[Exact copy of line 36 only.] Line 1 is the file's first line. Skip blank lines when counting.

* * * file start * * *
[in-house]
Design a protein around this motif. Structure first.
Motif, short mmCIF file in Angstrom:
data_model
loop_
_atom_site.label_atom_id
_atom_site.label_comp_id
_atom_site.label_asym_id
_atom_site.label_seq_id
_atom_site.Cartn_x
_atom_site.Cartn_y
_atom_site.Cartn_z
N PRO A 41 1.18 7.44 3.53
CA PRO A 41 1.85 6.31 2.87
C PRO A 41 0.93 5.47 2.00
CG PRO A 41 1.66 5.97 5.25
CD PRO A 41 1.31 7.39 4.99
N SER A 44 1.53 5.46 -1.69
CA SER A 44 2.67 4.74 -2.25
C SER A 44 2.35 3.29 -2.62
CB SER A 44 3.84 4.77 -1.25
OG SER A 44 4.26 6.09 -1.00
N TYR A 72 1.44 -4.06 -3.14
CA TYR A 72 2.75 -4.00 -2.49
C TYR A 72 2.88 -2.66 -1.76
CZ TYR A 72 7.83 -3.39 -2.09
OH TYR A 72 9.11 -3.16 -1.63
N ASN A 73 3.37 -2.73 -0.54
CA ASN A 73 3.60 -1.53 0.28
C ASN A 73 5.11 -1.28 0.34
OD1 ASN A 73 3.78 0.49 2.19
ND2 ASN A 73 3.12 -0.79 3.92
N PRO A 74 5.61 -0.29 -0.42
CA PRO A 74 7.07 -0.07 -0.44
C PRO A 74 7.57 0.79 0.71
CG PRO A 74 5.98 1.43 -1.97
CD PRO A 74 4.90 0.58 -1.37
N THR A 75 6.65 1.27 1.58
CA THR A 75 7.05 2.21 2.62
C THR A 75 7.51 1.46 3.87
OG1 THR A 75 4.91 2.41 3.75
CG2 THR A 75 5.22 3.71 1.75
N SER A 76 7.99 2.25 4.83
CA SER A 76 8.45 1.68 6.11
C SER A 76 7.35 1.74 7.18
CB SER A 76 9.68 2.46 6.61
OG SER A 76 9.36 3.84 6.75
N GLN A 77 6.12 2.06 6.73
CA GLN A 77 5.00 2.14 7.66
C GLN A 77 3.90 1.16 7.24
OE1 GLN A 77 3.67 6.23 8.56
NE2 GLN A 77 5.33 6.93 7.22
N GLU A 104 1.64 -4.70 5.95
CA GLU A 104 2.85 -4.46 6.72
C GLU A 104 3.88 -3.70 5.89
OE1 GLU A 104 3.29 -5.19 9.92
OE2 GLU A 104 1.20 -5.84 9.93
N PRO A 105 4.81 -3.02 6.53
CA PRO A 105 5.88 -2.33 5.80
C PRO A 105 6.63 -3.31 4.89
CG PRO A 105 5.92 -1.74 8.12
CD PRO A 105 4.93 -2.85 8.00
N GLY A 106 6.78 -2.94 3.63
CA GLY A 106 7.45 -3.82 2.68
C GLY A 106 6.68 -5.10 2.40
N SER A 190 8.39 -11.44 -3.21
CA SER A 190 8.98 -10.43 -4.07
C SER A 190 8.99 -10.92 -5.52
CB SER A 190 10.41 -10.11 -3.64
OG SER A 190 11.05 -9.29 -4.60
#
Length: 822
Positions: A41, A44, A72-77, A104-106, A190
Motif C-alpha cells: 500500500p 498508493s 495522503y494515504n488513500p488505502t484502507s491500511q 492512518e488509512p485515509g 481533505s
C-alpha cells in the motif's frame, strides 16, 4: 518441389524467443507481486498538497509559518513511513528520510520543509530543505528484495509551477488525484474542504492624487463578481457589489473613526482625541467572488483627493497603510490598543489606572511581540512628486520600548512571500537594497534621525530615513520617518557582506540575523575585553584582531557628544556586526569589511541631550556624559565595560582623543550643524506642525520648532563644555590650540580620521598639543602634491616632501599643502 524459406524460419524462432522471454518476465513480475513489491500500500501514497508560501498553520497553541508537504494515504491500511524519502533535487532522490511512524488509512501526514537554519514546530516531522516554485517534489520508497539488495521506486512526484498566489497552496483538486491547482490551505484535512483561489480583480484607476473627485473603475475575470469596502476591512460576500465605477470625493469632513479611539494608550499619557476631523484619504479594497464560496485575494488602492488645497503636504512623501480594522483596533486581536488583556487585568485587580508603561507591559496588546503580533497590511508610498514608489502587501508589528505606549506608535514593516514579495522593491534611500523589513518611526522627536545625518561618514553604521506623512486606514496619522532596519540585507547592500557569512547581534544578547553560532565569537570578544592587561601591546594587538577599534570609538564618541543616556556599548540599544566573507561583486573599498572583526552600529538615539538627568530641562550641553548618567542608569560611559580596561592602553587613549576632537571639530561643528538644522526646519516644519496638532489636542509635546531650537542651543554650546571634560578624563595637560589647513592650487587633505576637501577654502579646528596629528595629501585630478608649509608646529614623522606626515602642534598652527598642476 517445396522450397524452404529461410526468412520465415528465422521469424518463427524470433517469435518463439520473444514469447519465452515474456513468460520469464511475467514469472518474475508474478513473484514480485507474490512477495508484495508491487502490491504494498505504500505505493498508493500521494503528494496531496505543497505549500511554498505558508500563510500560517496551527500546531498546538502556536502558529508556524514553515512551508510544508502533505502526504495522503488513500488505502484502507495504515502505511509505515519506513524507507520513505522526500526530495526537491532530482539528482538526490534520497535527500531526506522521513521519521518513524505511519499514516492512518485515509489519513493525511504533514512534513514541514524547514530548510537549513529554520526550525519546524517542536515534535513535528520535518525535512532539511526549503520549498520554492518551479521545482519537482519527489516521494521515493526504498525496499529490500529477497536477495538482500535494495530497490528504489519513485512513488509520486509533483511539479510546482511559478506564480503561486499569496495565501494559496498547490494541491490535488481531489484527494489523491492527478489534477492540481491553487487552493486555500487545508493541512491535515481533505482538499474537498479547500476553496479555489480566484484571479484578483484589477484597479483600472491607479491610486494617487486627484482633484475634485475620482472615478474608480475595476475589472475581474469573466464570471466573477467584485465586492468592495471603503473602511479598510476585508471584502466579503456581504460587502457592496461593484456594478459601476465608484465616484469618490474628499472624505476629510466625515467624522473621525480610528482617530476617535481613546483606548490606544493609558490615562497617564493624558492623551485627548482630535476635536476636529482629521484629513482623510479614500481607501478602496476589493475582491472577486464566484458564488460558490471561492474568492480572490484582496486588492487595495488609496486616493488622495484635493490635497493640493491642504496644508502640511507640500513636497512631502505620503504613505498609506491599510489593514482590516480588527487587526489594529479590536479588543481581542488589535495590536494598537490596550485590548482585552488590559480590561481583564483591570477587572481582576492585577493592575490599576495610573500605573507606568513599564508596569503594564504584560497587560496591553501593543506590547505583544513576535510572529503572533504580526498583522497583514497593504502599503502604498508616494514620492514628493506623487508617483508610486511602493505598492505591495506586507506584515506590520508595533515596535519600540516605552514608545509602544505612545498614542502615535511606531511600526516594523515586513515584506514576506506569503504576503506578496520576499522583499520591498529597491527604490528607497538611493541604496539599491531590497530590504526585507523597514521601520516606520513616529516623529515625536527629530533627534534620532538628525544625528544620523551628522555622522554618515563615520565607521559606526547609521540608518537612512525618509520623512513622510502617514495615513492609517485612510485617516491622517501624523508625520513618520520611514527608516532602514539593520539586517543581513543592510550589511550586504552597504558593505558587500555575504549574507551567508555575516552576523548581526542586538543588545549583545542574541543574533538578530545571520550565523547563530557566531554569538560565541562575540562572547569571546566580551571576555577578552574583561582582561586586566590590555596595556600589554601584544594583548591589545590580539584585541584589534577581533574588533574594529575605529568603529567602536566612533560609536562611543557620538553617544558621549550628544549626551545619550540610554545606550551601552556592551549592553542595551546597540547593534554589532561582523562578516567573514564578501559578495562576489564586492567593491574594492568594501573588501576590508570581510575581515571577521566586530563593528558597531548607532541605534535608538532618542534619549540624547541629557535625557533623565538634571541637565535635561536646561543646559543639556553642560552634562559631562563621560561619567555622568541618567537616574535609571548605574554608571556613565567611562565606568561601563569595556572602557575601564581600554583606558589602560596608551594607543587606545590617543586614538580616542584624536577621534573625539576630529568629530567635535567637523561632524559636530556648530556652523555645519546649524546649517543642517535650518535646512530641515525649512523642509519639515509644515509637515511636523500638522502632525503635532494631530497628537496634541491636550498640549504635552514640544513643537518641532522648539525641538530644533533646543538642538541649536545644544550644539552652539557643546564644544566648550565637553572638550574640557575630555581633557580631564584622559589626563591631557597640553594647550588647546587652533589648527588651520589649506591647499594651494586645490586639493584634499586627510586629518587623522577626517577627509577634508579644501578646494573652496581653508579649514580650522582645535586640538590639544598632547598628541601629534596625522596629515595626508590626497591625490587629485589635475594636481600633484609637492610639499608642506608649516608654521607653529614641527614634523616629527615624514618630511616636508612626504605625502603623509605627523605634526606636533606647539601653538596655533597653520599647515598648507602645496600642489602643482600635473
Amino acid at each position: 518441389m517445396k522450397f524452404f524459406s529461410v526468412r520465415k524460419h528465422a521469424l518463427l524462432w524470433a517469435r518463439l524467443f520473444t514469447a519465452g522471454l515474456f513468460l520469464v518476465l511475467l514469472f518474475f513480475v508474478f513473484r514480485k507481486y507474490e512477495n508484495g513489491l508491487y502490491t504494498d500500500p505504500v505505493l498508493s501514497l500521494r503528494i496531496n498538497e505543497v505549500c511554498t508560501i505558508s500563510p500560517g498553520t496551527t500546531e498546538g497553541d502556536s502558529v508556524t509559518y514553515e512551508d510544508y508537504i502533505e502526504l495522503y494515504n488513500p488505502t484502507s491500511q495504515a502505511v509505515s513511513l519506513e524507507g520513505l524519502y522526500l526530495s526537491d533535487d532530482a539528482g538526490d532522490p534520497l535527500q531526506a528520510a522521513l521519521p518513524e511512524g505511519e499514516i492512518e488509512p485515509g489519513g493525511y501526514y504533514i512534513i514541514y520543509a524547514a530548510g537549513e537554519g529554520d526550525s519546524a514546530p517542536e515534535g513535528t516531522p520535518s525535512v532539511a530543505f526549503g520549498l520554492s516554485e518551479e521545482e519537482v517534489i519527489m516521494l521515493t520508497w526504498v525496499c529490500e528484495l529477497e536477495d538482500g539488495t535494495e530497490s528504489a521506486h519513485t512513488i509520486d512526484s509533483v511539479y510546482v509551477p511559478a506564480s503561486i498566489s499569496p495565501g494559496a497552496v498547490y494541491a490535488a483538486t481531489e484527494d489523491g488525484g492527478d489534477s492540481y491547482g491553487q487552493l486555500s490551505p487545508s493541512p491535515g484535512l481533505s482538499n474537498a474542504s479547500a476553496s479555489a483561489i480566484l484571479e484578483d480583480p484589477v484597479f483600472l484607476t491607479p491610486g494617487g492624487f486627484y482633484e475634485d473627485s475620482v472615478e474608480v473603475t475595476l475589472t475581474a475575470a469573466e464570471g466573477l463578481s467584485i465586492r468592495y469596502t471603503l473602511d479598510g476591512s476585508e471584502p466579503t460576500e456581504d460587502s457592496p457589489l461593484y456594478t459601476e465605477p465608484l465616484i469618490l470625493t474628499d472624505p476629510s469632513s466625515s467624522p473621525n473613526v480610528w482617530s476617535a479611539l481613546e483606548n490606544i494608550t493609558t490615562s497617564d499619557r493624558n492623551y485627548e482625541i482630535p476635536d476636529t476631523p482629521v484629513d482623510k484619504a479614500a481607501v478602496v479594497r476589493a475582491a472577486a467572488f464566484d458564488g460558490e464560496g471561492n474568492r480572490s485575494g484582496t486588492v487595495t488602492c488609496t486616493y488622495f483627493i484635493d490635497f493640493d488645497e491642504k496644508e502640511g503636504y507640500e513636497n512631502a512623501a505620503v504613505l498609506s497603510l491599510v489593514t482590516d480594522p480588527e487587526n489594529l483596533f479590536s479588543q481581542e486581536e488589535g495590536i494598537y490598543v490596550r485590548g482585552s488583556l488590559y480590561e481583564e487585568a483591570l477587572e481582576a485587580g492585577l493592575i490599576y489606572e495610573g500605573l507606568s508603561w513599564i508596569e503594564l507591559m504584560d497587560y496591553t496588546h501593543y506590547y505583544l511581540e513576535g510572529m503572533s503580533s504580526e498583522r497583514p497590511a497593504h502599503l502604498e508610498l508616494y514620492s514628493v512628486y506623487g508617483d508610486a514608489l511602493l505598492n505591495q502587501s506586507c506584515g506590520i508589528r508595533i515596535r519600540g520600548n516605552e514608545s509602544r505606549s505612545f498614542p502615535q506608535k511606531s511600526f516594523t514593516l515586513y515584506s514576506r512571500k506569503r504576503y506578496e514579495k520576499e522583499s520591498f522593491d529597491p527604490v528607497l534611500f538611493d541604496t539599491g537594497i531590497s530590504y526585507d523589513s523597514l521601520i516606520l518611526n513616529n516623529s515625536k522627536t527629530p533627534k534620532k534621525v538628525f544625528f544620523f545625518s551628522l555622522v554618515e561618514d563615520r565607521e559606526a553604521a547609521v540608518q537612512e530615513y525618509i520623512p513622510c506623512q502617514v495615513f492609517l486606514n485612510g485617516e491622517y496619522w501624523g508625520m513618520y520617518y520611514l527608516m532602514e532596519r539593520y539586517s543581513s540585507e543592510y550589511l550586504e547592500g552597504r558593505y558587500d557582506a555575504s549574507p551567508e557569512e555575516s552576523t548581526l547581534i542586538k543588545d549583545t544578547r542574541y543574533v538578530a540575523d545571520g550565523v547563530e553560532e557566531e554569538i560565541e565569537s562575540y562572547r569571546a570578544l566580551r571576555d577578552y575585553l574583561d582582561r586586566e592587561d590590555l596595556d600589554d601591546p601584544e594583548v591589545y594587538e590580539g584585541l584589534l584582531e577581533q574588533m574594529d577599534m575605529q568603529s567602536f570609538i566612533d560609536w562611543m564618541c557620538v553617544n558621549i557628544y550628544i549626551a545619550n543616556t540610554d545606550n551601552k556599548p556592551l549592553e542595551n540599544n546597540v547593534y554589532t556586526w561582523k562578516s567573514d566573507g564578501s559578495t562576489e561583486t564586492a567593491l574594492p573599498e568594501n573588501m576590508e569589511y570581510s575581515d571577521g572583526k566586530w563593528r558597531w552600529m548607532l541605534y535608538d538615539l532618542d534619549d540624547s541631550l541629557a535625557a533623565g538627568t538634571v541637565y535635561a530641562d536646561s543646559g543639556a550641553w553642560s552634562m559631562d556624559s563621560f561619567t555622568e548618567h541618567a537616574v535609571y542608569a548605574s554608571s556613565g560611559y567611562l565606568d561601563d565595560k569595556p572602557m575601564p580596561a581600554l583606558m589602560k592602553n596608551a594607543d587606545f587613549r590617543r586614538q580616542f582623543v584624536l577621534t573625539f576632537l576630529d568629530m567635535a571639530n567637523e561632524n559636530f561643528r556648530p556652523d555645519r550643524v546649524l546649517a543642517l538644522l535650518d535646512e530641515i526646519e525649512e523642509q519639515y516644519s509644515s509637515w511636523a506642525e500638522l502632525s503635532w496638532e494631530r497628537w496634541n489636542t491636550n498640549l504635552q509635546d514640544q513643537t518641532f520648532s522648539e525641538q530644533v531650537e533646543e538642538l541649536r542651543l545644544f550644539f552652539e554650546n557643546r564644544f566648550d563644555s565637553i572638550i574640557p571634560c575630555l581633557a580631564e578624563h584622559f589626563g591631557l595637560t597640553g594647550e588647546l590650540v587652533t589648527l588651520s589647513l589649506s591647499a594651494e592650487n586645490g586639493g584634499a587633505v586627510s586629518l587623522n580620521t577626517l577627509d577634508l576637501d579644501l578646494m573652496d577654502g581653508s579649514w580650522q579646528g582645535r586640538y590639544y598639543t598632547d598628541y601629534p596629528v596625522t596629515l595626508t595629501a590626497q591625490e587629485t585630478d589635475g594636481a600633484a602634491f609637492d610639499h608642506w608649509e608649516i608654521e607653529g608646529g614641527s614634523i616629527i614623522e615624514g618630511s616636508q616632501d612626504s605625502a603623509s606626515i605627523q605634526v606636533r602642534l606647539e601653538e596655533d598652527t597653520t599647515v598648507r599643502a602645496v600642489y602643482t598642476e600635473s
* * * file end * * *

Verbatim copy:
CG PRO A 74 5.98 1.43 -1.97